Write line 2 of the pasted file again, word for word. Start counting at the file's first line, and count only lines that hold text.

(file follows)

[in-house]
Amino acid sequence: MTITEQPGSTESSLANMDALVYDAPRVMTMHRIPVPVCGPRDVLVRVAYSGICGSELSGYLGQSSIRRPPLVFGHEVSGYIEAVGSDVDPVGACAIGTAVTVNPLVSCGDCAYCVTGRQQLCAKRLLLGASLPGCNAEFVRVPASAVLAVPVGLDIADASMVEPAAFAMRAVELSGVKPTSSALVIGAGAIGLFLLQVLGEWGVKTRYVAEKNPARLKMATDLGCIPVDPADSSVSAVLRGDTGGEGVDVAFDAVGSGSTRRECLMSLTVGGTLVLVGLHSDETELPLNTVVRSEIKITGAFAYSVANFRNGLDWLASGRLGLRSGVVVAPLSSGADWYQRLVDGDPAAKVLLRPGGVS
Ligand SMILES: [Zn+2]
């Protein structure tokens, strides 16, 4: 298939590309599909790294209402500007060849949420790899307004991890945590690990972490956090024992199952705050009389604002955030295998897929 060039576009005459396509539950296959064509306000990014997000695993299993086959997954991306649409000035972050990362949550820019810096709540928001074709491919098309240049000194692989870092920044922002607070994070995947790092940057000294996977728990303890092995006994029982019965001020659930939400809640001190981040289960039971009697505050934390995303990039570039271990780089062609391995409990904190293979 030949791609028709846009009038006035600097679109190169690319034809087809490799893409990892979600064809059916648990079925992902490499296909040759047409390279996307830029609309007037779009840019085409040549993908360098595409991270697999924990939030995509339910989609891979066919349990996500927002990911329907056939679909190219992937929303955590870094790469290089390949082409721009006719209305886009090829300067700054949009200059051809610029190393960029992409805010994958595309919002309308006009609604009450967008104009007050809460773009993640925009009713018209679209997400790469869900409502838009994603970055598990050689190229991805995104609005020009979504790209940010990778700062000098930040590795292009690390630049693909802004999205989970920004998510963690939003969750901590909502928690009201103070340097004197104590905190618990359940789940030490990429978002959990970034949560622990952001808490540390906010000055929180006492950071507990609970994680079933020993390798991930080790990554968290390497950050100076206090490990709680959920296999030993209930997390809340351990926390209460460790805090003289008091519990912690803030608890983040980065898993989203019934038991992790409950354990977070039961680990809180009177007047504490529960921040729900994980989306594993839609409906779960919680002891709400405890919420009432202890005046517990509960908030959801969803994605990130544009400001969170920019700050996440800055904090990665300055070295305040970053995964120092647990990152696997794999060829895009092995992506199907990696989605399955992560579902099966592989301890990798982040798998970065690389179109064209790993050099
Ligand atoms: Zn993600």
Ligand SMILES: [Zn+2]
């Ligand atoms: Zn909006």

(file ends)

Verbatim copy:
Amino acid sequence: MTITEQPGSTESSLANMDALVYDAPRVMTMHRIPVPVCGPRDVLVRVAYSGICGSELSGYLGQSSIRRPPLVFGHEVSGYIEAVGSDVDPVGACAIGTAVTVNPLVSCGDCAYCVTGRQQLCAKRLLLGASLPGCNAEFVRVPASAVLAVPVGLDIADASMVEPAAFAMRAVELSGVKPTSSALVIGAGAIGLFLLQVLGEWGVKTRYVAEKNPARLKMATDLGCIPVDPADSSVSAVLRGDTGGEGVDVAFDAVGSGSTRRECLMSLTVGGTLVLVGLHSDETELPLNTVVRSEIKITGAFAYSVANFRNGLDWLASGRLGLRSGVVVAPLSSGADWYQRLVDGDPAAKVLLRPGGVS